Betting on politics: US mid-term election markets are increasing

The number of markets available to bet on the outcome of the US mid-term elections is increasing, but liquidity remains a problem.


(Image credit: drnadig)

I've been following the betting on the US mid-term elections over the past few weeks, and I'm pleased to see the number of markets has been increasing. In addition to allowing you to bet on control of both the Senate and the House, as well as the individual Senate seats, Betfair ( is now running markets on the outcome of the race for the governorships of New York, Illinois and Georgia.

While this is pretty good, even this effort pales in comparison with its rival Smarkets (, which is offering markets on all 36 gubernatorial contests (although the market on the Oregon election is currently halted). What's more, it is also offering markets on what it considers to be 50 key Congressional races in states ranging from California to Vermont. Finally, it is offering markets on the range of seats that both the Democrats and Republicans can expect to get.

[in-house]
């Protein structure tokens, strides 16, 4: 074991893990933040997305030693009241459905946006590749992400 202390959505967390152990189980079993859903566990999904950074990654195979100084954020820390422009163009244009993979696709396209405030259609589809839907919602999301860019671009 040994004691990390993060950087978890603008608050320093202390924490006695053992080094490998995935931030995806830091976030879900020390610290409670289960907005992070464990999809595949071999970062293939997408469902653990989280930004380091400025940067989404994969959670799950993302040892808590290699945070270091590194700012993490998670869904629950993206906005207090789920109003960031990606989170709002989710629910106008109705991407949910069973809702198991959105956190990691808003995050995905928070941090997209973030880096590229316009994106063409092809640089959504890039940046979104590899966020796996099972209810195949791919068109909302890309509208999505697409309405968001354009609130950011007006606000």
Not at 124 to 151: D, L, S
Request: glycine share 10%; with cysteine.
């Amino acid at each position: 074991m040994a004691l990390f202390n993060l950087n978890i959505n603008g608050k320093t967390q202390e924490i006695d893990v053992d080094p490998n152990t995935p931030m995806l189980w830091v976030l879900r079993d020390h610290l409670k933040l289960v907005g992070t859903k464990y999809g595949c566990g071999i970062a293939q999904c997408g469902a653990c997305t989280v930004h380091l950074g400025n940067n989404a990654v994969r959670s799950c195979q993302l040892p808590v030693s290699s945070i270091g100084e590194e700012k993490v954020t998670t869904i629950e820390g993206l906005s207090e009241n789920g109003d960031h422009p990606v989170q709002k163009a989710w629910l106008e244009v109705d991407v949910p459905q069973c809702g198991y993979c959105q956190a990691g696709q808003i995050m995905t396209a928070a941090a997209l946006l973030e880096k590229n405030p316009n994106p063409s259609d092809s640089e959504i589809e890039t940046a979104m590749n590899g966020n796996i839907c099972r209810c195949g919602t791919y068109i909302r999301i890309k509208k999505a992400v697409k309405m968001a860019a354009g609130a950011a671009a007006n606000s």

Of course, the big downside to Smarkets' offerings (as well as many of Betfair's) is that many of these markets are very thinly traded. I don't have any hard and fast rule, but I wouldn't normally consider a market to be liquid enough until at least £500 has been traded or £100 is behind a price (both Betfair and Smarkets reveal how much money is behind a specific price). This rule is designed to prevent me making tips that are impossible to follow through on. Sadly, this eliminates most of Smarkets' bets for now. However, with the voting less than two months away, this may yet change.

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Dr Matthew Partridge

Matthew graduated from the University of Durham in 2004; he then gained an MSc, followed by a PhD at the London School of Economics.

He has previously written for a wide range of publications, including the Guardian and the Economist, and also helped to run a newsletter on terrorism. He has spent time at Lehman Brothers, Citigroup and the consultancy Lombard Street Research.

Matthew is the author of Superinvestors: Lessons from the greatest investors in history, published by Harriman House, which has been translated into several languages. His second book, Investing Explained: The Accessible Guide to Building an Investment Portfolio, is published by Kogan Page.

As senior writer, he writes the shares and politics & economics pages, as well as weekly Blowing It and Great Frauds in History columns He also writes a fortnightly reviews page and trading tips, as well as regular cover stories and multi-page investment focus features.

Follow Matthew on Twitter: @DrMatthewPartri